Pritzker Architecture Prize Ceremony Will Be Held in China Next Year
For Immediate Release
The 2012 Pritzker Architecture Prize Ceremony will be held in Beijing, China on May 25, 2012. This location was disclosed today in a joint announcement by Guo Jinlong, Mayor of Beijing, China and Thomas J. Pritzker, chairman of The Hyatt Foundation.
Pritzker elaborated, "During the three decades of prize-giving, we have held ceremonies in 14 different countries, in venues ranging from the White House in Washington, DC to Todai-ji Temple in Nara, Japan. The tradition of moving the event to sites of global architectural significance was established to emphasize that the prize is international, the laureates having been chosen from 16 different nations to date. This will be our 34th event and the first time we have gone to China."
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"It is particularly appropriate that we should go to China because so many of the laureates have projects there, either in progress or completed, including one of our earliest laureates, I.M. Pei, who won the prize in 1983," Pritzker continued. "Some of the others include the 2002 Pritzker Laureate Zaha Hadid of London who designed the new opera house in Guangzhou; the 2001 laureates Jacques Herzog and Pierre de Meuron of Switzerland who designed Beijing's National Stadium; Rem Koolhaas of the Netherlands whose projects in China include the headquarters of Central Chinese Television in Beijing and the Shenzen Stock Exchange; and the 1999 Pritzker Laureate Norman Foster who has completed the Hong Kong International Airport as well as the headquarters for the Hong Kong and Shanghai Bank."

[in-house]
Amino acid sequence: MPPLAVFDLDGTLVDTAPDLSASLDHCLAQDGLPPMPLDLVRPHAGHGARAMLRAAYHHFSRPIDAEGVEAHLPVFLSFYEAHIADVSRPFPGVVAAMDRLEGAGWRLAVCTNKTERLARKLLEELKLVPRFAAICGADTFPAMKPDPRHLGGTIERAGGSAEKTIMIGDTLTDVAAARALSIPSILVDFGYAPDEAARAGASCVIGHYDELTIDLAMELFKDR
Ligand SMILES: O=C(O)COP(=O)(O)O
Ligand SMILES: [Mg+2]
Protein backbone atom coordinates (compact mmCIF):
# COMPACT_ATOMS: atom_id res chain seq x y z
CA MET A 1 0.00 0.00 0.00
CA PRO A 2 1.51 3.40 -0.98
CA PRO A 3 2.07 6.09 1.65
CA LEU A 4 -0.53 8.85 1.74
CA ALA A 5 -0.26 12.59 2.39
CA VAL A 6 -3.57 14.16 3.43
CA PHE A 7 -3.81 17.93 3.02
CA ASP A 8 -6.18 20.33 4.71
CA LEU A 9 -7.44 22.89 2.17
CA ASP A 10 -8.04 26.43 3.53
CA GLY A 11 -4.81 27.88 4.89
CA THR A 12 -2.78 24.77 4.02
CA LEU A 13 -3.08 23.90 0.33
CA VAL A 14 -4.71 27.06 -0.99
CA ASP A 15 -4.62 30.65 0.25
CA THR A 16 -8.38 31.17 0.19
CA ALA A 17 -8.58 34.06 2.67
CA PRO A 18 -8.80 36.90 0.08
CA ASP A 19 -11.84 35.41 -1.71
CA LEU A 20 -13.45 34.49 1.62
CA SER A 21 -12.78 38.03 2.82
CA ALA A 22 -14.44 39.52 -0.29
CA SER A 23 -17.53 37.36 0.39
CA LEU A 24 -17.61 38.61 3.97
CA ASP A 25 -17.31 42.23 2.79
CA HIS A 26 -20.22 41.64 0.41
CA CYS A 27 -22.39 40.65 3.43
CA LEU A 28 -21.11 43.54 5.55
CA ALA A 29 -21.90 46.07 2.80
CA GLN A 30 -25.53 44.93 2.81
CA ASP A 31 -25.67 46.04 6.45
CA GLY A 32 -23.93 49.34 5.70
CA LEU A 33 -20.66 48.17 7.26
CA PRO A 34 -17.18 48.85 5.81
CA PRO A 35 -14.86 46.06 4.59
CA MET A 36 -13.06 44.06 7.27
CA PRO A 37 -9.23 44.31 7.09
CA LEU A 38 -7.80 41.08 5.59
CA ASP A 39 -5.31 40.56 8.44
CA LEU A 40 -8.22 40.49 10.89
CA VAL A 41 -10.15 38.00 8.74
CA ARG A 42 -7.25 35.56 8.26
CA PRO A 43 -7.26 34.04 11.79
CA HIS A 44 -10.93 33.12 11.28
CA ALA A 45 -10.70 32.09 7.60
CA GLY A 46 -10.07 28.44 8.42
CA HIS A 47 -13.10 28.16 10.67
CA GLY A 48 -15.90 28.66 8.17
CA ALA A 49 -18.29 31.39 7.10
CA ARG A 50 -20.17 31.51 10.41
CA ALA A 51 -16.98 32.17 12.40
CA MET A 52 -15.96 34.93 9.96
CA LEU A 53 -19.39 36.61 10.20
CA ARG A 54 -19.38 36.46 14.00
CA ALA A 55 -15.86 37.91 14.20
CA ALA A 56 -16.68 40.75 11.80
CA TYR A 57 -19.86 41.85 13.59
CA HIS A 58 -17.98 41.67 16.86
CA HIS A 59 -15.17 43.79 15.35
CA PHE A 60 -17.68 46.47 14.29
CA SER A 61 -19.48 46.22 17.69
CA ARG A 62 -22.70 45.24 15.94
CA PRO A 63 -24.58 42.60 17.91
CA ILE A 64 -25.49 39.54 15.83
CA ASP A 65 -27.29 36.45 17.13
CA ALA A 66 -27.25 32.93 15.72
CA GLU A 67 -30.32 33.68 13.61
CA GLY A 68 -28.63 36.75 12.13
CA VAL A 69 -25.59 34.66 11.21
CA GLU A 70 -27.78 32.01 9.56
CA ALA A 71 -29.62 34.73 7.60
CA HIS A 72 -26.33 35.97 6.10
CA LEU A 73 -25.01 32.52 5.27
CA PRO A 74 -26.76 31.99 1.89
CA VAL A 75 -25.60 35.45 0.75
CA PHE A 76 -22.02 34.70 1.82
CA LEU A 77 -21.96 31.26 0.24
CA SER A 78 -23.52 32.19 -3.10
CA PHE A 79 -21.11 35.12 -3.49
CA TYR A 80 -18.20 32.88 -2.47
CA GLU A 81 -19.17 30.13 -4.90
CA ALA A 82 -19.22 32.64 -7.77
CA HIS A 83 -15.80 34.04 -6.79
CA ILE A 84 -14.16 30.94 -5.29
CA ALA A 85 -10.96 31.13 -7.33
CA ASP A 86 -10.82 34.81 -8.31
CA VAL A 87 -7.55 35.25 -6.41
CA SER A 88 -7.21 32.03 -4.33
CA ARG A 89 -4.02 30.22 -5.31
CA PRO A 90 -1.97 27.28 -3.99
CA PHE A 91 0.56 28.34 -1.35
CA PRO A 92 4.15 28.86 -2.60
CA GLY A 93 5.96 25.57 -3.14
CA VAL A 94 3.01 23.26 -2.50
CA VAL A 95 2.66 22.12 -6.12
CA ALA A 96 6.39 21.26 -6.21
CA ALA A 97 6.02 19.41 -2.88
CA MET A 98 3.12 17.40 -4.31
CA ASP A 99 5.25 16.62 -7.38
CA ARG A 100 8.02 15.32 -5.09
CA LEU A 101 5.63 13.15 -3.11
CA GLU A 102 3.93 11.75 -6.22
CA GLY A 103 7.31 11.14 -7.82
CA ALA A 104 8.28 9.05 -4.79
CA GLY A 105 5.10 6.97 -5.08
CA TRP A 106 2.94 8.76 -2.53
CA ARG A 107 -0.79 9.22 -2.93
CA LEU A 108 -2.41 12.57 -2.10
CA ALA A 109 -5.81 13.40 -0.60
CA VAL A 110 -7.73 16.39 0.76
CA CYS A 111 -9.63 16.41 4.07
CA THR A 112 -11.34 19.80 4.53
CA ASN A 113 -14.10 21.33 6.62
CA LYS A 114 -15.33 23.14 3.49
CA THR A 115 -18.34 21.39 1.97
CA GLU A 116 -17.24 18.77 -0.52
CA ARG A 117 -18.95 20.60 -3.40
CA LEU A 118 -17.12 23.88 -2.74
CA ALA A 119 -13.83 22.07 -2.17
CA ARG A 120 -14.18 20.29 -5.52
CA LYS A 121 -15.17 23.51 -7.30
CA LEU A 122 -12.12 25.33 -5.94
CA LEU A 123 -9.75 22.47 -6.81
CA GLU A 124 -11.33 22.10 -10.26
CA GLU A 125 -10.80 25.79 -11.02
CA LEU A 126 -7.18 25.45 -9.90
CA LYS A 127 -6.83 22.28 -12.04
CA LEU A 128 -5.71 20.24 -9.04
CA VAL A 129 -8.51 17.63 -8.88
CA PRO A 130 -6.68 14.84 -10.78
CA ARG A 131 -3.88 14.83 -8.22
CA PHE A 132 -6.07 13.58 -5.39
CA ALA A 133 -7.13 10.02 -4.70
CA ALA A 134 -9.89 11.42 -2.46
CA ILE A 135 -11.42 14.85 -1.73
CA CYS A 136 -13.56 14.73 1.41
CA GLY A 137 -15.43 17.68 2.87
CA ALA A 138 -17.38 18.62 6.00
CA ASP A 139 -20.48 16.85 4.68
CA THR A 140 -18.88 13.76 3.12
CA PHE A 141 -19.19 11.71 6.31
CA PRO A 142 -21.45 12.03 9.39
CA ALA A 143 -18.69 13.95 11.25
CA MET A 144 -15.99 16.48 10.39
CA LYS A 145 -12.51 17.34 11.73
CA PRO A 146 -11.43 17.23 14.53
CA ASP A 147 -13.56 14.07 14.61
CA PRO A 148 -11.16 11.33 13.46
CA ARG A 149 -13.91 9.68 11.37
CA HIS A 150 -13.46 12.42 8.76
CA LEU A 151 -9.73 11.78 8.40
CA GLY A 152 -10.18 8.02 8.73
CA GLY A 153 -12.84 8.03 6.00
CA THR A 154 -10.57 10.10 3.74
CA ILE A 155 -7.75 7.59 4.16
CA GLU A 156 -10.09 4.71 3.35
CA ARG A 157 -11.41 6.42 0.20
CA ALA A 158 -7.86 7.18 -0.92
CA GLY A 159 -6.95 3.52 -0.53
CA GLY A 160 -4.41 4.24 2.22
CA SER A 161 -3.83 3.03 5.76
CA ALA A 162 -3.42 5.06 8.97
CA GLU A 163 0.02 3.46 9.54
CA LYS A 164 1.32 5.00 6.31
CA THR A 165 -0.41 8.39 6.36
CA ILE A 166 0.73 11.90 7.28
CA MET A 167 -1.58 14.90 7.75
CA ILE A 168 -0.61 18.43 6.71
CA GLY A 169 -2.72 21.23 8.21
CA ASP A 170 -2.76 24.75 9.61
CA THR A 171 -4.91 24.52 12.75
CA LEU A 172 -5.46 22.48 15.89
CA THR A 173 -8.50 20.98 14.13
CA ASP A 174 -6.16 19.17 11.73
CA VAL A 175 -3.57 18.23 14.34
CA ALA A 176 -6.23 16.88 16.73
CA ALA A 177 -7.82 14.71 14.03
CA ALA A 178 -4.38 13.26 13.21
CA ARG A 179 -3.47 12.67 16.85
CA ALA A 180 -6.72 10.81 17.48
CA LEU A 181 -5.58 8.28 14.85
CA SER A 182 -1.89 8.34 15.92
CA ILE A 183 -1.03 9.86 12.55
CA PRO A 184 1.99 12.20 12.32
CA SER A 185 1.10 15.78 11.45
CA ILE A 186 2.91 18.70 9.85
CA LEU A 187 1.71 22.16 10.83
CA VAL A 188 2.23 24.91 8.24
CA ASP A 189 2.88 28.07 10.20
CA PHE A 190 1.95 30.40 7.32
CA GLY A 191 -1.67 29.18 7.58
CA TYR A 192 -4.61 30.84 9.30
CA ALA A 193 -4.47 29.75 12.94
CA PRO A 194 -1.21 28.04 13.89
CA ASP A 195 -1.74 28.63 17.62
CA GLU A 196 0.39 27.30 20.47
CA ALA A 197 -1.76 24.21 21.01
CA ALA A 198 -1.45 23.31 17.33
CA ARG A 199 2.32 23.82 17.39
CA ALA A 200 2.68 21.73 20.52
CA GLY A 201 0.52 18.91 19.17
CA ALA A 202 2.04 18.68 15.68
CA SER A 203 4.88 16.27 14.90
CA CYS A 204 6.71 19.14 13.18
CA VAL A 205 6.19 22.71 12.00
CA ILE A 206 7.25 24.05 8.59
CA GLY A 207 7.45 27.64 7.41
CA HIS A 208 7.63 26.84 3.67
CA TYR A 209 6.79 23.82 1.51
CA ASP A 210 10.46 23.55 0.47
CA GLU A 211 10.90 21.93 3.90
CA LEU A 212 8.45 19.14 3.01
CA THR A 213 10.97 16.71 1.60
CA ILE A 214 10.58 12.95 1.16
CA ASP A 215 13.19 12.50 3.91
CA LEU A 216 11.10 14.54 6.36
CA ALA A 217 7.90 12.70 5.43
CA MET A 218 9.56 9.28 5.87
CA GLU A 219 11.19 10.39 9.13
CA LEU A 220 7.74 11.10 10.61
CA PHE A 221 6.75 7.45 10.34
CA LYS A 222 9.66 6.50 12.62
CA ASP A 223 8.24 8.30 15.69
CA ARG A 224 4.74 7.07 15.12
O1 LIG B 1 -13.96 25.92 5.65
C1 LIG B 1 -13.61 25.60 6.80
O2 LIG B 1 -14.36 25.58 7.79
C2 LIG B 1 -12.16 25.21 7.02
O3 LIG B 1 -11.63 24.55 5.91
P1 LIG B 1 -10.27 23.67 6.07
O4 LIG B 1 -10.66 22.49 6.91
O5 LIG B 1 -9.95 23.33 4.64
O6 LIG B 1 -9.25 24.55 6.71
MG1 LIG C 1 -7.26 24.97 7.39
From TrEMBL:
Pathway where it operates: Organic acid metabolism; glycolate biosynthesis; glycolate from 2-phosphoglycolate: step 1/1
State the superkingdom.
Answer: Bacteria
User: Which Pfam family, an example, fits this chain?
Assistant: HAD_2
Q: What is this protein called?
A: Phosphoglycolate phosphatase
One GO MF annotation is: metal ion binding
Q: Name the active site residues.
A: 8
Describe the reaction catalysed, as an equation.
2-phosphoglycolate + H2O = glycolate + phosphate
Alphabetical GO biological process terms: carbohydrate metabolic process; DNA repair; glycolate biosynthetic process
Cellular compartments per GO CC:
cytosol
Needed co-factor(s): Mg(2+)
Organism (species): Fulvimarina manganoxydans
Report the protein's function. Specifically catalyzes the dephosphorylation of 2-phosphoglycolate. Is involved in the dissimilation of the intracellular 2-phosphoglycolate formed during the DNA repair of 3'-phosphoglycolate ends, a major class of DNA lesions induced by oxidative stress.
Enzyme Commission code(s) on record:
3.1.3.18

Mayor Guo Jinlong said, "The Pritzker Architecture Prize is the most recognized award in the architectural field throughout the world. We believe holding this event in Beijing will further raise the awareness of the Pritzker Prize in China, and promote the development of the architectural industry in Beijing and China as a whole. Hosting the ceremony in Beijing will also attract many globally reputable architecture firms and architects to participate in building Beijing as the most liveable city and famous cultural capital."
Pritzker pointed out that the juries for the prize have always been international as well, and currently has members from China, the U.K., Chile, Australia, Finland, and the U.S., and in past years had members from Japan, India, Mexico, and Switzerland. The current Pritzker jury now consists of eight people, including its chairman, Lord Palumbo of the U.K., and (alphabetically) Alejandro Aravena from Chile, an architect and executive director of Elemental; Stephen Breyer, a Justice of the U.S. Supreme Court; Yung Ho Chang, an architect and educator from Beijing, China; Zaha Hadid, an architect based in London and the 2004 Pritzker Laureate; Glenn Murcutt, an Australian architect and the 2002 Pritzker Laureate; Juhani Pallasmaa of Finland, an architect, professor, and author; and Karen Stein, a writer, editor, and architectural consultant in the U.S. Martha Thorne, the associate dean for external affairs at the IE School of Architecture in Madrid, Spain, and the executive director of the Pritzker Architecture Prize is also on the jury.